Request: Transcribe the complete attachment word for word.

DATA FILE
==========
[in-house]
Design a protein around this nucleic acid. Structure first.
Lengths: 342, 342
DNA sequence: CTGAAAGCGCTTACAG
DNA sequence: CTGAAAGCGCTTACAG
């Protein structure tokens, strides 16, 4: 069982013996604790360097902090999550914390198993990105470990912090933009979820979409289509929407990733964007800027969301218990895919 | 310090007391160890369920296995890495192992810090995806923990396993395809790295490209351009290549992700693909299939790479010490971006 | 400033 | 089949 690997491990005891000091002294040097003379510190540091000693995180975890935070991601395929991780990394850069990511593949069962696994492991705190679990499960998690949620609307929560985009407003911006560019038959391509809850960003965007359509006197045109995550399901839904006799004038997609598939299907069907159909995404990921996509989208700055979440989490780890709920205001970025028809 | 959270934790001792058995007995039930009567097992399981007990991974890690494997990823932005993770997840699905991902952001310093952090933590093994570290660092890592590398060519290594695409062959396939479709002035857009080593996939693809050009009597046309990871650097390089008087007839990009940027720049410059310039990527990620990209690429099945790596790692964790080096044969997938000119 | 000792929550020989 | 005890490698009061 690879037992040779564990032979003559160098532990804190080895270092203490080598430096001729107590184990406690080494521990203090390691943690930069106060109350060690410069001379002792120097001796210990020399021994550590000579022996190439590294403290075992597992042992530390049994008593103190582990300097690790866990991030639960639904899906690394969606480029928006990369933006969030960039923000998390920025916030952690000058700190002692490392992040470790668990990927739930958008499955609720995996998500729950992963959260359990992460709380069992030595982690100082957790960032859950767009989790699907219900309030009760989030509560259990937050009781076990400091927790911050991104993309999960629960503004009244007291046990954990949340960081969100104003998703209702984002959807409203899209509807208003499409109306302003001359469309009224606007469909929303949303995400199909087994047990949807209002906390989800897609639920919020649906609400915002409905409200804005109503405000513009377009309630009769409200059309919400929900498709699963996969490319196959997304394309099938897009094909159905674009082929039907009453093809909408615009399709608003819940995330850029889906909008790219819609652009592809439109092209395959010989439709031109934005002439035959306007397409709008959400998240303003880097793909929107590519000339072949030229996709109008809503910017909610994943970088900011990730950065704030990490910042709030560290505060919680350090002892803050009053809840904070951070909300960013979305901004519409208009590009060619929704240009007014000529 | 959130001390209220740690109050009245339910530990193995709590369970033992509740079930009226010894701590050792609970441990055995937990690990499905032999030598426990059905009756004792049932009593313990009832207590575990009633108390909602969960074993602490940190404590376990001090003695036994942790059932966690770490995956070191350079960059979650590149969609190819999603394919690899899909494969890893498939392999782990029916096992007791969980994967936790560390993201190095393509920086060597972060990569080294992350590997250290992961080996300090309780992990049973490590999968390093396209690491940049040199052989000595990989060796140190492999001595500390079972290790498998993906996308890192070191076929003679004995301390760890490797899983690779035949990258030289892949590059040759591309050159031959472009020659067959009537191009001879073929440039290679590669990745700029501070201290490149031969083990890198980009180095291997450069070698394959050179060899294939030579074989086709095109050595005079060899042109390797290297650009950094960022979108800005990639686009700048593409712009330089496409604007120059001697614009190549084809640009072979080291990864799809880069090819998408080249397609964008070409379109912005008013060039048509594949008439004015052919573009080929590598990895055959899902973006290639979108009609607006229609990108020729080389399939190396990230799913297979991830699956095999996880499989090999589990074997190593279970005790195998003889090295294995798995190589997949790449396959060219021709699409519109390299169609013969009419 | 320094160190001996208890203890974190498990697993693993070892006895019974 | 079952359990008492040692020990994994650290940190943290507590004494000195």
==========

[in-house]
Design a protein around this nucleic acid. Structure first.
Lengths: 342, 342
DNA sequence: CTGAAAGCGCTTACAG
DNA sequence: CTGAAAGCGCTTACAG
């Protein structure tokens, strides 16, 4: 069982013996604790360097902090999550914390198993990105470990912090933009979820979409289509929407990733964007800027969301218990895919 | 310090007391160890369920296995890495192992810090995806923990396993395809790295490209351009290549992700693909299939790479010490971006 | 400033 | 089949 690997491990005891000091002294040097003379510190540091000693995180975890935070991601395929991780990394850069990511593949069962696994492991705190679990499960998690949620609307929560985009407003911006560019038959391509809850960003965007359509006197045109995550399901839904006799004038997609598939299907069907159909995404990921996509989208700055979440989490780890709920205001970025028809 | 959270934790001792058995007995039930009567097992399981007990991974890690494997990823932005993770997840699905991902952001310093952090933590093994570290660092890592590398060519290594695409062959396939479709002035857009080593996939693809050009009597046309990871650097390089008087007839990009940027720049410059310039990527990620990209690429099945790596790692964790080096044969997938000119 | 000792929550020989 | 005890490698009061 690879037992040779564990032979003559160098532990804190080895270092203490080598430096001729107590184990406690080494521990203090390691943690930069106060109350060690410069001379002792120097001796210990020399021994550590000579022996190439590294403290075992597992042992530390049994008593103190582990300097690790866990991030639960639904899906690394969606480029928006990369933006969030960039923000998390920025916030952690000058700190002692490392992040470790668990990927739930958008499955609720995996998500729950992963959260359990992460709380069992030595982690100082957790960032859950767009989790699907219900309030009760989030509560259990937050009781076990400091927790911050991104993309999960629960503004009244007291046990954990949340960081969100104003998703209702984002959807409203899209509807208003499409109306302003001359469309009224606007469909929303949303995400199909087994047990949807209002906390989800897609639920919020649906609400915002409905409200804005109503405000513009377009309630009769409200059309919400929900498709699963996969490319196959997304394309099938897009094909159905674009082929039907009453093809909408615009399709608003819940995330850029889906909008790219819609652009592809439109092209395959010989439709031109934005002439035959306007397409709008959400998240303003880097793909929107590519000339072949030229996709109008809503910017909610994943970088900011990730950065704030990490910042709030560290505060919680350090002892803050009053809840904070951070909300960013979305901004519409208009590009060619929704240009007014000529 | 959130001390209220740690109050009245339910530990193995709590369970033992509740079930009226010894701590050792609970441990055995937990690990499905032999030598426990059905009756004792049932009593313990009832207590575990009633108390909602969960074993602490940190404590376990001090003695036994942790059932966690770490995956070191350079960059979650590149969609190819999603394919690899899909494969890893498939392999782990029916096992007791969980994967936790560390993201190095393509920086060597972060990569080294992350590997250290992961080996300090309780992990049973490590999968390093396209690491940049040199052989000595990989060796140190492999001595500390079972290790498998993906996308890192070191076929003679004995301390760890490797899983690779035949990258030289892949590059040759591309050159031959472009020659067959009537191009001879073929440039290679590669990745700029501070201290490149031969083990890198980009180095291997450069070698394959050179060899294939030579074989086709095109050595005079060899042109390797290297650009950094960022979108800005990639686009700048593409712009330089496409604007120059001697614009190549084809640009072979080291990864799809880069090819998408080249397609964008070409379109912005008013060039048509594949008439004015052919573009080929590598990895055959899902973006290639979108009609607006229609990108020729080389399939190396990230799913297979991830699956095999996880499989090999589990074997190593279970005790195998003889090295294995798995190589997949790449396959060219021709699409519109390299169609013969009419 | 320094160190001996208890203890974190498990697993693993070892006895019974 | 079952359990008492040692020990994994650290940190943290507590004494000195």